Dive Description: The Autec Bouy, an orientation system for U.S. Navy submarine exercises, floats about 18 miles from New Providence in the Bahamas and has created its own ecosystem. Cove says he has seen all kinds of marine life here, including whale species, white sharks, mass schooling dolphin fish, silky sharks, tuna and bait balls.
“This floating ecosystem truly makes you appreciate the expanse of the oceans and the extreme, harsh world that so many diversified life forms call home,” he said.
Serving Operator: Stuart Cove’s Dive Bahamas
French Cay, Turks and Caicos
Recommended by: Dan Orr, 2014 ISDHF U.S. Inductee
Dive Description: Considered by many to be the Garden of Eden of dive sites in Turks and Caicos, the wall at French Cay begins at as shallow as 40 feet and drops away vertically to the deep blue abyss of the Caribbean Sea. The wall is a cacophony of colorful sponges, gorgonians, brightly colored fish and exceptionally clear blue water. It is an especially popular place to do a “dawn dive.”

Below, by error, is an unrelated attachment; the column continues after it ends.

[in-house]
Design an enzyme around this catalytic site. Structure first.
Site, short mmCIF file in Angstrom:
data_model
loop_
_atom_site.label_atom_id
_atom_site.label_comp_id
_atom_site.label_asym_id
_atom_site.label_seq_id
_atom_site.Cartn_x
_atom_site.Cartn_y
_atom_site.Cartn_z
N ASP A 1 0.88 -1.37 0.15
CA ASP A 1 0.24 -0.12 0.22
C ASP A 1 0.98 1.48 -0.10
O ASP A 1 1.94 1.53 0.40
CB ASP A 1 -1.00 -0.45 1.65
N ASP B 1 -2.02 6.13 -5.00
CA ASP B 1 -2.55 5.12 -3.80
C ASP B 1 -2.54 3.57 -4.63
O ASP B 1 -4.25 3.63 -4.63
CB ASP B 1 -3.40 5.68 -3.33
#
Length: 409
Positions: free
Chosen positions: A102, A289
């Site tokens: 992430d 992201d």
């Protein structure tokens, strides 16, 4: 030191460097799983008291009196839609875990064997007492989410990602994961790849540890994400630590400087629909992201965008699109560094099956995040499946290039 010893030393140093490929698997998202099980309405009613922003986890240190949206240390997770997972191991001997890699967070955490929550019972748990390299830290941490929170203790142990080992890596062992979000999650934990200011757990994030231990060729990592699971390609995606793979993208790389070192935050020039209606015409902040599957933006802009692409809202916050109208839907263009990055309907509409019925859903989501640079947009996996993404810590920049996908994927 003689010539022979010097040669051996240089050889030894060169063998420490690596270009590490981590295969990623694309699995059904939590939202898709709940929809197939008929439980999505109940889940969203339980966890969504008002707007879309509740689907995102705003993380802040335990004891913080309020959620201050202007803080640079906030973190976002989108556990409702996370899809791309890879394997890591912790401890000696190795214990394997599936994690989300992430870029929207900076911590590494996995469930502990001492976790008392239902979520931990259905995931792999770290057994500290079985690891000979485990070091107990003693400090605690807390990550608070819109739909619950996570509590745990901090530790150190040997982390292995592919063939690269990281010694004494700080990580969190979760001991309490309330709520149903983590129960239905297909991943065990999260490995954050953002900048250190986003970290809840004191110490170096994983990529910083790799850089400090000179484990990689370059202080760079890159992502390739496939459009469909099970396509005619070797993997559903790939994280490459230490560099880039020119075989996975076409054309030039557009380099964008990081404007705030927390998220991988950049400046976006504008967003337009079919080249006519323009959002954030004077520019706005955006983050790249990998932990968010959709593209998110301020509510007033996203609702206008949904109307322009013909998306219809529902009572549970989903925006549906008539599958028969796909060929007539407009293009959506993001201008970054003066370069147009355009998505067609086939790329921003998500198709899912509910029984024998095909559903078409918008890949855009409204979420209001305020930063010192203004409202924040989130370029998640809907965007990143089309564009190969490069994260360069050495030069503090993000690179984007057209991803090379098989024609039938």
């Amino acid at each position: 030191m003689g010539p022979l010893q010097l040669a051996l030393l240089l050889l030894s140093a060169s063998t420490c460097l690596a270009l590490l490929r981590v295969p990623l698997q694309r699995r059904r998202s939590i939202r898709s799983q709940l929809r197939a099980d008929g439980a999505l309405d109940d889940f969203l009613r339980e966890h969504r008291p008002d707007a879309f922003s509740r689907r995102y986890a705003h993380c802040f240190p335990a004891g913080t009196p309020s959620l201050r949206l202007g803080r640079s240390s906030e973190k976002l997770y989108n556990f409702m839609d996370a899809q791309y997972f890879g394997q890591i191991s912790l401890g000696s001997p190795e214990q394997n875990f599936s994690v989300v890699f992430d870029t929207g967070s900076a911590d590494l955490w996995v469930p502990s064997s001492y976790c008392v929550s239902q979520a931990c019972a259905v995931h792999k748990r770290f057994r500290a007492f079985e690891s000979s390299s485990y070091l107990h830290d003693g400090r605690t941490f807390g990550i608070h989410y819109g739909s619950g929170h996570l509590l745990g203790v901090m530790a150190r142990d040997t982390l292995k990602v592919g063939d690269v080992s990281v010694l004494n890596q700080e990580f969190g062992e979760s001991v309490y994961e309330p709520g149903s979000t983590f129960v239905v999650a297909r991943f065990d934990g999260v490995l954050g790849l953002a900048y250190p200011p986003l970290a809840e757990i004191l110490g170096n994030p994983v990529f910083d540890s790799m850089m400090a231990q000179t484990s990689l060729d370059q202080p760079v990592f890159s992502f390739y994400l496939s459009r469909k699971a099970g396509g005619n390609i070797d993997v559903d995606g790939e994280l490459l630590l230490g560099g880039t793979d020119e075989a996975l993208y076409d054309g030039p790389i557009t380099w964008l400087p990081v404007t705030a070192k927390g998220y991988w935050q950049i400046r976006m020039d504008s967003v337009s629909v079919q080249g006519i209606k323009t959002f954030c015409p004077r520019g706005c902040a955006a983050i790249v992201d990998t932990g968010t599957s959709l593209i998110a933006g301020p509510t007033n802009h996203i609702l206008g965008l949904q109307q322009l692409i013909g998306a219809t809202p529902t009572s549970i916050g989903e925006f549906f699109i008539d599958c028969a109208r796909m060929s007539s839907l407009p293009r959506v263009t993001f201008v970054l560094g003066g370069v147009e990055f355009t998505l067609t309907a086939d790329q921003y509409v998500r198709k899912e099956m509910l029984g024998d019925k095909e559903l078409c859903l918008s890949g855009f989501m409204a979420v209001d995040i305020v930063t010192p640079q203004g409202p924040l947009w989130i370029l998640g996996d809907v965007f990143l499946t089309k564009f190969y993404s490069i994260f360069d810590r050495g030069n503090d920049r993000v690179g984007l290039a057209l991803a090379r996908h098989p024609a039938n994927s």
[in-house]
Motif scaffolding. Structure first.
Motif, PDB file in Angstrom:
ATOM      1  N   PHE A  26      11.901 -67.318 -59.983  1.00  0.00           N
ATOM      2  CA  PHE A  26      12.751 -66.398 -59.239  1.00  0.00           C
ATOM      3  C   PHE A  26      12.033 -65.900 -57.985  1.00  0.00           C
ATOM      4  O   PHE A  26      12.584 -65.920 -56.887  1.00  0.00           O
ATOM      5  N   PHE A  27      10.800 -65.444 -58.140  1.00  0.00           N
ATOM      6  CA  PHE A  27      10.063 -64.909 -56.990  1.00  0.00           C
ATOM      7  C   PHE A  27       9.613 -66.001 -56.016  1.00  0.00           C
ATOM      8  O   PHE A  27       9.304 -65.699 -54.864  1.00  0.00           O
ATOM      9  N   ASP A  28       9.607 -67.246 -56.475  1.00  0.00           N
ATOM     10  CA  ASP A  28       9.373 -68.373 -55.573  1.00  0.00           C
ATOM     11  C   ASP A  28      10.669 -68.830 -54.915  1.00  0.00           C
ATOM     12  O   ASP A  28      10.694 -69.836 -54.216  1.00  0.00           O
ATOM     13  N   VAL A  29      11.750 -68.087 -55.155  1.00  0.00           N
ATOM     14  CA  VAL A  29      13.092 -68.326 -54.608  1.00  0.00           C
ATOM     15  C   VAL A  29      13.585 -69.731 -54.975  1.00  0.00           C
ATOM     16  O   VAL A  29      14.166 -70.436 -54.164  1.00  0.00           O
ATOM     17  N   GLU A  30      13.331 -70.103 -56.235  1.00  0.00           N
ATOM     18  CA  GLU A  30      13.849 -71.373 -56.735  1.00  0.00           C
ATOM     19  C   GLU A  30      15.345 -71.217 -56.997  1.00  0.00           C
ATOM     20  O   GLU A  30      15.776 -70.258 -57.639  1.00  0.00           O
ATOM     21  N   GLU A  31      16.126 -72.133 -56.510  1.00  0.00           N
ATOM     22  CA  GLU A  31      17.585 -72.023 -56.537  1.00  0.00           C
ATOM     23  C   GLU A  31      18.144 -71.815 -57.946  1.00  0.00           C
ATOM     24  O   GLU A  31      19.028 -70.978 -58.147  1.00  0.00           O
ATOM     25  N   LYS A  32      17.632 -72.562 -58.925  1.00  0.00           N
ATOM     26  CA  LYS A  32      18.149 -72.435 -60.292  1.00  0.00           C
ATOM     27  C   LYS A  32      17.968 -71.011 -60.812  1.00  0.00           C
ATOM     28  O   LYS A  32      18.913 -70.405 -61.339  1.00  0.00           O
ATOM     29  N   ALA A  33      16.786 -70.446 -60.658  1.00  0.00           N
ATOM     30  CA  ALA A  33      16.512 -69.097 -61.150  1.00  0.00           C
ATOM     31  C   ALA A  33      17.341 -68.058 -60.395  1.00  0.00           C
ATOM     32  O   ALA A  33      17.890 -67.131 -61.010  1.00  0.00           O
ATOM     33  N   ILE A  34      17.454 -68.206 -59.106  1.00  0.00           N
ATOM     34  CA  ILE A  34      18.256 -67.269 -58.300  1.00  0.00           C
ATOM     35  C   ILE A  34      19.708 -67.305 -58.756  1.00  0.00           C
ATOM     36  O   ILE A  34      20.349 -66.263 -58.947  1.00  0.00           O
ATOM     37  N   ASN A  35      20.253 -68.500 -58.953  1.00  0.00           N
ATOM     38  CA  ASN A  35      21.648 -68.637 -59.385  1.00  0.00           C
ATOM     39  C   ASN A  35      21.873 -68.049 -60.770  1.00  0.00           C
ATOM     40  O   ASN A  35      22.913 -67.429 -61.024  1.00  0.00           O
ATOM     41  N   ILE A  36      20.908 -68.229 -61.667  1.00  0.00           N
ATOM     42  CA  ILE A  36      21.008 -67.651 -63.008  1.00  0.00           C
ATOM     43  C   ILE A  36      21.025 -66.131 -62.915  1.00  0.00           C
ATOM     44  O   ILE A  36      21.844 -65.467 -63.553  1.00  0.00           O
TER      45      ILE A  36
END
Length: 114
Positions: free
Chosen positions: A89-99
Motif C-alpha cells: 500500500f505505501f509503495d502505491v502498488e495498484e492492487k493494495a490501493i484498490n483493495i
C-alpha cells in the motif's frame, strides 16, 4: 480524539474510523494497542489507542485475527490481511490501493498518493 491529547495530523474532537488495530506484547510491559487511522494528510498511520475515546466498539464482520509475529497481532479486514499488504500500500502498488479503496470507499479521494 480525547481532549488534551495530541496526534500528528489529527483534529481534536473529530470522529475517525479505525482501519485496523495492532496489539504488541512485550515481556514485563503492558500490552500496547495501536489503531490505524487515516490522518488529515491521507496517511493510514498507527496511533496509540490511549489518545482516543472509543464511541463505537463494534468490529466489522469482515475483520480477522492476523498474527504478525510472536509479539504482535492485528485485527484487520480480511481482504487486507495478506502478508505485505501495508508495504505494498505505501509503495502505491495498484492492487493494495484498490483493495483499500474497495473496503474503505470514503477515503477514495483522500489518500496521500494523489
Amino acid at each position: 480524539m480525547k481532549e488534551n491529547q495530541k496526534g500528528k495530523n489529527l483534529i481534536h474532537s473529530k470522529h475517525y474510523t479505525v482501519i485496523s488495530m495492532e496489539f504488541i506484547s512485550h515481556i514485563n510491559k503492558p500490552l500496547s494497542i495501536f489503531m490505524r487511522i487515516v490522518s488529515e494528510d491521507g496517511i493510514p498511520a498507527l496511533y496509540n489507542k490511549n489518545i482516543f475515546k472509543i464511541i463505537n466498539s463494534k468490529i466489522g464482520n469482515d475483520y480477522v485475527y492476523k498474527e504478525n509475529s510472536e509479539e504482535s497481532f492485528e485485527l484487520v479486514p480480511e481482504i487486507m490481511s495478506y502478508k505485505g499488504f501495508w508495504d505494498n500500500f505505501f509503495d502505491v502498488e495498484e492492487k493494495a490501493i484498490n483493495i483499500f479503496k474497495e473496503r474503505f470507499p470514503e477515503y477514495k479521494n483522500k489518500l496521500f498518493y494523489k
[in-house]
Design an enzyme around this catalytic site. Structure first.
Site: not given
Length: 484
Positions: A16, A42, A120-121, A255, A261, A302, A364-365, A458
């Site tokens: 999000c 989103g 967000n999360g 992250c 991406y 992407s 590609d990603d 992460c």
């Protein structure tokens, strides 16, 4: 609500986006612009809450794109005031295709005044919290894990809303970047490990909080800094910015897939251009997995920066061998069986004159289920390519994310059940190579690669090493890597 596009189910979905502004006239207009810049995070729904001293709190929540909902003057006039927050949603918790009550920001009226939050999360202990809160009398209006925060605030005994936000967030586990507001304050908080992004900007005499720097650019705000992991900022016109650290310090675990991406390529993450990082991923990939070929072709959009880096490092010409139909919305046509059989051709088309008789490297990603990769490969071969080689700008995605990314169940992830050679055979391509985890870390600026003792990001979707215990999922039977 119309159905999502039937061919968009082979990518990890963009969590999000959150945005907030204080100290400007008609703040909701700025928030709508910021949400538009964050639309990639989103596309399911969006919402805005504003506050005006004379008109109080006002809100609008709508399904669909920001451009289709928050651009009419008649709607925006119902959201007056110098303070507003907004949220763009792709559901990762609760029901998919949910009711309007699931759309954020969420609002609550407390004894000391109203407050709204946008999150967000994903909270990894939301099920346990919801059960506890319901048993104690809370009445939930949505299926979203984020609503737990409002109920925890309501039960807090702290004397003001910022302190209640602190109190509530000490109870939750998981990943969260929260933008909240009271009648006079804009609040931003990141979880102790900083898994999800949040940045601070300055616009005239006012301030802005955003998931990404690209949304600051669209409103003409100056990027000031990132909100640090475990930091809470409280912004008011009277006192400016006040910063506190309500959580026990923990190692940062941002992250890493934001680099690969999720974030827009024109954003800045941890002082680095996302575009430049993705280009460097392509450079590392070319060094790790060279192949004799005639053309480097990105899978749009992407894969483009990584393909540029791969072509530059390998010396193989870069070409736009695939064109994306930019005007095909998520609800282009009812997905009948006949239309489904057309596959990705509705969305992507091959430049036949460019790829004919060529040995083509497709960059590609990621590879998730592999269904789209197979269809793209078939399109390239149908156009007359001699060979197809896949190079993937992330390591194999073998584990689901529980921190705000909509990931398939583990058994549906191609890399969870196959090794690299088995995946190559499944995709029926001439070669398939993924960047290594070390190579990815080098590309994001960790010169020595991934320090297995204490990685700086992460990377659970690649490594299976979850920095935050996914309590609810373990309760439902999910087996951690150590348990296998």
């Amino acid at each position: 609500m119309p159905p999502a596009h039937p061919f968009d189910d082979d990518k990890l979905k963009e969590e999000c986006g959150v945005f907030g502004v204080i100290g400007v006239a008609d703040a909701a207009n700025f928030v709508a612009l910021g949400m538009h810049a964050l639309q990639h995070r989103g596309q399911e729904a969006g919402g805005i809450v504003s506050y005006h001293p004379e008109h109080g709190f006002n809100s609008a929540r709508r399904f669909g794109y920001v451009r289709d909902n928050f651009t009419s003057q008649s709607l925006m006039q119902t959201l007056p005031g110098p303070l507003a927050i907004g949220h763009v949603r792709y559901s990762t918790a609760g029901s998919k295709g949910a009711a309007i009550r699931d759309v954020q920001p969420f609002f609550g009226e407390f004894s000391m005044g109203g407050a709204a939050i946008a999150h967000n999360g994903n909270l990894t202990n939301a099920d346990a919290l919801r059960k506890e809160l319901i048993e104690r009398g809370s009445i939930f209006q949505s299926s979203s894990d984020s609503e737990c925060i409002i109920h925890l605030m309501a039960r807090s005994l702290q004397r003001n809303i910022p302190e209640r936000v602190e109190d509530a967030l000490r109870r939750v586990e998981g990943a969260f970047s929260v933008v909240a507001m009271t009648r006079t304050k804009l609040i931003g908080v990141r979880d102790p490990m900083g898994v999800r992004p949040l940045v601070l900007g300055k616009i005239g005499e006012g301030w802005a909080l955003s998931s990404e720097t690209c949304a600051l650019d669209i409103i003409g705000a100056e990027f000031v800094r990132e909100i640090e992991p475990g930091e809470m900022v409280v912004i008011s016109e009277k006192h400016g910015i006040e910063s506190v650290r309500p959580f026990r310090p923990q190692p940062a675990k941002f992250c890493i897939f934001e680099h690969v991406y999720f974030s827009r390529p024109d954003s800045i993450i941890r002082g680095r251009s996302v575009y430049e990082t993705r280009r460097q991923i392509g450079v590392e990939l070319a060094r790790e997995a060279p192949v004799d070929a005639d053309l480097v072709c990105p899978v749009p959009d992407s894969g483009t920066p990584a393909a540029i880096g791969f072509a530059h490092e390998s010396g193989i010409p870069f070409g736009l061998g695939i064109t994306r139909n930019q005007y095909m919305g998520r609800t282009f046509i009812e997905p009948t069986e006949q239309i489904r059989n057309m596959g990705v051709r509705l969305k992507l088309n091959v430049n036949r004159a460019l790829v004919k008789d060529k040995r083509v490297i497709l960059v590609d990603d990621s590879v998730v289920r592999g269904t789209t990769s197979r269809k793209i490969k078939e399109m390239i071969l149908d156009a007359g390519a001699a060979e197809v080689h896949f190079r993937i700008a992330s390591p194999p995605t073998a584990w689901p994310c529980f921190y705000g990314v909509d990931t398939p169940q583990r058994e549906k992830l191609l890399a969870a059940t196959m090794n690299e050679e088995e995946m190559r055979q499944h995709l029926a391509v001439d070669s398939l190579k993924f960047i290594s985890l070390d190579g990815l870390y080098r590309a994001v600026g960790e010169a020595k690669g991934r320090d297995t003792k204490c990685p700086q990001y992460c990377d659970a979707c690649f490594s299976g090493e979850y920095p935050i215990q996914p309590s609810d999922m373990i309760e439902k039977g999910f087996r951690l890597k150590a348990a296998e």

“Entering the water before the first rays of sunshine peek over the eastern horizon, divers descend below the wall and have a chance to observe the sea change as the wall and surrounding ocean morphs from nighttime to daytime,” Orr said. “Superlatives pale in comparison with what divers are able to experience first-hand as the wall comes alive with marine life. No diver should consider their lives complete without a dawn dive at French Cay.”
Serving Operator: Dive Provo
Half Moon Caye, Belize